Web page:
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California Orders All Residents To Stay Home Save For Certain Essential Activities


I'm actually at the top of the Culver Steps here, which during normal times is a destination for a lot of people who live in LA because once you crest this gorgeous hill, you get to take in this sparkling, panoramic view of the whole city. But today it's pretty quiet. You hear more birds chirping than people talking. And we came up here because we wanted to check in with some people who, even though they're under stay-at-home orders in California, they managed to get out to get in some exercise and some sunshine.

AMAKA EZUCCI: I want to be frank. I can't wait till this thing is over.

CHANG: Yeah. When that stay-at-home order came down last night, what were the first thoughts that went through your head?

EZUCCI: I literally, like - the idea of feeling, like, put on timeout or in detention or, like - it just kind of - I don't know. I'm battling that a little bit.

CHANG: (Laughter).

EZUCCI: But I've been, like, cooking more, taking care of, like, my natural hair more, self-care more a little bit...

CHANG: Yeah.

EZUCCI: ...Like, slowly.

CHANG: All right, we all got the stay-at-home order in California. But you guys came out here. Tell me why.

JANET BRAVO: We've been working out. Like, it's, like, a thing that we usually do all the time.

CHANG: You usually go into a gym.

BRAVO: Uh-huh. Exactly. So now that there's no gym, it's like, we need to find something to do. So why not come and take a walk or take a hike or something?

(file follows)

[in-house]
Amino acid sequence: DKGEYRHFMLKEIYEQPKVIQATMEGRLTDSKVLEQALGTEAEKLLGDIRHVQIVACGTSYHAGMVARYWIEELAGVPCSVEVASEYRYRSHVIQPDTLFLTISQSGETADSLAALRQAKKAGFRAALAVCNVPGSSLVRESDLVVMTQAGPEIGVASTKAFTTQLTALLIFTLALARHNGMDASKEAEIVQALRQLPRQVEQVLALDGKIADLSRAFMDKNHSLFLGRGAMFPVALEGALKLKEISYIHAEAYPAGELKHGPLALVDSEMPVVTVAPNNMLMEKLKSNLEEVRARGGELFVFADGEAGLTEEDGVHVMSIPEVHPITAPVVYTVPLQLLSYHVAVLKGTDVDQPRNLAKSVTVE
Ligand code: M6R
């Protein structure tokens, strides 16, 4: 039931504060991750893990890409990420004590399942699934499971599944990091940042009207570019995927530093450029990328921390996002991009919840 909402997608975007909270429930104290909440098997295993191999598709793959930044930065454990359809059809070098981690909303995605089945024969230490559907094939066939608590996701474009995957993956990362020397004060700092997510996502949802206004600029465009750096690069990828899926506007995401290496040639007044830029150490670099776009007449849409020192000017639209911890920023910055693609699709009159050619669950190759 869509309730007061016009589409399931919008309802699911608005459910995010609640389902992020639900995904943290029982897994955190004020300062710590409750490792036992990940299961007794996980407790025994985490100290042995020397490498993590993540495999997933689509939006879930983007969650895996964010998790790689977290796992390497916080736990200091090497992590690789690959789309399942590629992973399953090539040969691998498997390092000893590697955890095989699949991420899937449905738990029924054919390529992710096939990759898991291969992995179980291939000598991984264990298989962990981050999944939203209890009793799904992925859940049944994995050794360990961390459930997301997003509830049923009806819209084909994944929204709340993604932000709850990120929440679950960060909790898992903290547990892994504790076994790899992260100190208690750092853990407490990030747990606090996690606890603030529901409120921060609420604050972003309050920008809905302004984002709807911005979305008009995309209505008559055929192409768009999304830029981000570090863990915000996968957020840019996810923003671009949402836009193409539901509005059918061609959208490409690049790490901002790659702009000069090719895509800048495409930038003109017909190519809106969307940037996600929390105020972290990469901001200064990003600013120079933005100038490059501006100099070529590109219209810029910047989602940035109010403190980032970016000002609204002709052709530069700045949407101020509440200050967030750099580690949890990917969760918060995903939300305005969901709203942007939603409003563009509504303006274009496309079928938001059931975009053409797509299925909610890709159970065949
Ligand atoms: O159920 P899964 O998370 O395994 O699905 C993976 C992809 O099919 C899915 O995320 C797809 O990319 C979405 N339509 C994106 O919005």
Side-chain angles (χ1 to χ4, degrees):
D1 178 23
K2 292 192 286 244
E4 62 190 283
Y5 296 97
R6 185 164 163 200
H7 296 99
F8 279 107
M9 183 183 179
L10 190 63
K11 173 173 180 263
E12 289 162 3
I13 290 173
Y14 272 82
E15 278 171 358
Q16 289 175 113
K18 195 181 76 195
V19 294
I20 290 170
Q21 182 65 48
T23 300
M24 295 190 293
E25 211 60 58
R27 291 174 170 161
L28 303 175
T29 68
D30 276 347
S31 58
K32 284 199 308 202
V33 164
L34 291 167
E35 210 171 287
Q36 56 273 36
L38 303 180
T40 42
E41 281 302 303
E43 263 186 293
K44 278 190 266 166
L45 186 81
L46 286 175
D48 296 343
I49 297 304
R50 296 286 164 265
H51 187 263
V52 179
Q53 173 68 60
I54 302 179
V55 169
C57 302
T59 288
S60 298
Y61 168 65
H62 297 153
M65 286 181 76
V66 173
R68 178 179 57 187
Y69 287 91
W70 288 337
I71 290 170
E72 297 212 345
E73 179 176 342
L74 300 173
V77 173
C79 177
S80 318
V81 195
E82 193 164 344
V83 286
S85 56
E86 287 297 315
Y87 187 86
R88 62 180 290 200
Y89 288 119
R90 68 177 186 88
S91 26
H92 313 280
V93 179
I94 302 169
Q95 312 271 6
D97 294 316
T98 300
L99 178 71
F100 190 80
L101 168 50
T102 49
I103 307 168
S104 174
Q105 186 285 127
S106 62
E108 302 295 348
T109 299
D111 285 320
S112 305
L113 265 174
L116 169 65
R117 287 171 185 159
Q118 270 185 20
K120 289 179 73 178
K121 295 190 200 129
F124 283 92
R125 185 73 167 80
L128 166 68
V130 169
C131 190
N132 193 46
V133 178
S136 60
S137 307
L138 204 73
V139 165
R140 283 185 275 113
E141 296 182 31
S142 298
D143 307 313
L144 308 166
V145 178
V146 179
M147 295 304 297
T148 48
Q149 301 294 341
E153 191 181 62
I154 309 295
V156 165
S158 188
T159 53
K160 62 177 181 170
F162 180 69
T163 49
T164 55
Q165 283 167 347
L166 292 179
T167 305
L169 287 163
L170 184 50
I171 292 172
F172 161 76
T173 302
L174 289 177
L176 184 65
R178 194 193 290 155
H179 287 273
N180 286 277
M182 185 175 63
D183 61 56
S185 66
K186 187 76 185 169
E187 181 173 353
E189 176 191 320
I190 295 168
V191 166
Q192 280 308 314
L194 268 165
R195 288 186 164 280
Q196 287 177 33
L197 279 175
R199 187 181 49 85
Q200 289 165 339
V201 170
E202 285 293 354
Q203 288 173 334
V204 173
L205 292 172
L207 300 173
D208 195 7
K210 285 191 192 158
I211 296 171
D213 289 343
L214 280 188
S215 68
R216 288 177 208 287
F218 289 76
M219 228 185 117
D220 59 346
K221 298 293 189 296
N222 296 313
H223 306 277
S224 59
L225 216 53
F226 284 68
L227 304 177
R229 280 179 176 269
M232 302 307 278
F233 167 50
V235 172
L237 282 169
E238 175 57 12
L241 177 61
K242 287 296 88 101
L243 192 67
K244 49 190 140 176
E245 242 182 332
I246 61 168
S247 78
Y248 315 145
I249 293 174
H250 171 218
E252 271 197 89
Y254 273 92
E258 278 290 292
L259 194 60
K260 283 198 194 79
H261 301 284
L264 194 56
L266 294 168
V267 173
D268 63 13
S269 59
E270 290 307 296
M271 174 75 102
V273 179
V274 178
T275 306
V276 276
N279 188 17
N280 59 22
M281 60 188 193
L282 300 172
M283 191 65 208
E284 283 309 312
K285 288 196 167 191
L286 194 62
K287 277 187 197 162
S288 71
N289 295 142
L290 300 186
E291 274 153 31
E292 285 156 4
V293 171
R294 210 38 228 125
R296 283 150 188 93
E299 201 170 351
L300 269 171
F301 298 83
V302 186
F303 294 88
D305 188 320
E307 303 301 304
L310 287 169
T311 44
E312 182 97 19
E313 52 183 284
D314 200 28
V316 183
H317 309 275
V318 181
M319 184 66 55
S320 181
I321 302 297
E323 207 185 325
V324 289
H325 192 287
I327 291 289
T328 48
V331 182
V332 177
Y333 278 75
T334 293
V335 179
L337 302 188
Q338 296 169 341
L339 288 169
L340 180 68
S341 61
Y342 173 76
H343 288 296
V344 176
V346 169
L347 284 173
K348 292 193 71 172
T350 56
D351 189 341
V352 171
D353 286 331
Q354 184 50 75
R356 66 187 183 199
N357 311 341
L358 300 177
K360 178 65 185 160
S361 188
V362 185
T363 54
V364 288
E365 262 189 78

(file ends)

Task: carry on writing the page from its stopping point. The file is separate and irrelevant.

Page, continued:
CHANG: How has your life changed in the last just several days.

JUAN MARTINEZ: A lot. No work. My company shut down, so we haven't been working for the last week.

CHANG: What kind of work do you do?

MARTINEZ: Security. Yeah. So everything's shut down, and there's no time frame when we're going to go back. And I got a lot of bills to pay. And yeah, a lot of uncertainty.

CHANG: Do you think the governor made the right call?

BRAVO: I think so because, like, a lot of people weren't taking it serious. I mean, my friends were like, oh, let's go to my house and, like, just drink there, like a large group of people.

CHANG: Yeah.

BRAVO: And I'm like, no, like, just stay home, like people said to do so. That's what we have to do.

CHANG: That was Janet Bravo (ph) and Juan Martinez (ph). And before that, we heard from Amaka Ezucci (ph). And just a note - hiking and exercising outside is still perfectly fine under the governor's orders here in California. Here to explain more about those orders is NPR's Adrian Florido. He's in Culver City with me. Hey, Adrian.


CHANG: All right, so remind us what was Governor Newsom's exactly? And how did he explain why he's taking this drastic Step?

FLORIDO: So the governor's order means stay home. If you don't need to go outside to get food or to get medicine or to care for a loved one, then just stay home. Now, that's the order. As you found this morning, people are still going outside, especially for exercise, which officials are telling people is OK, if they keep their distance. The governor also ordered most businesses across the state to close, except for those providing essential services.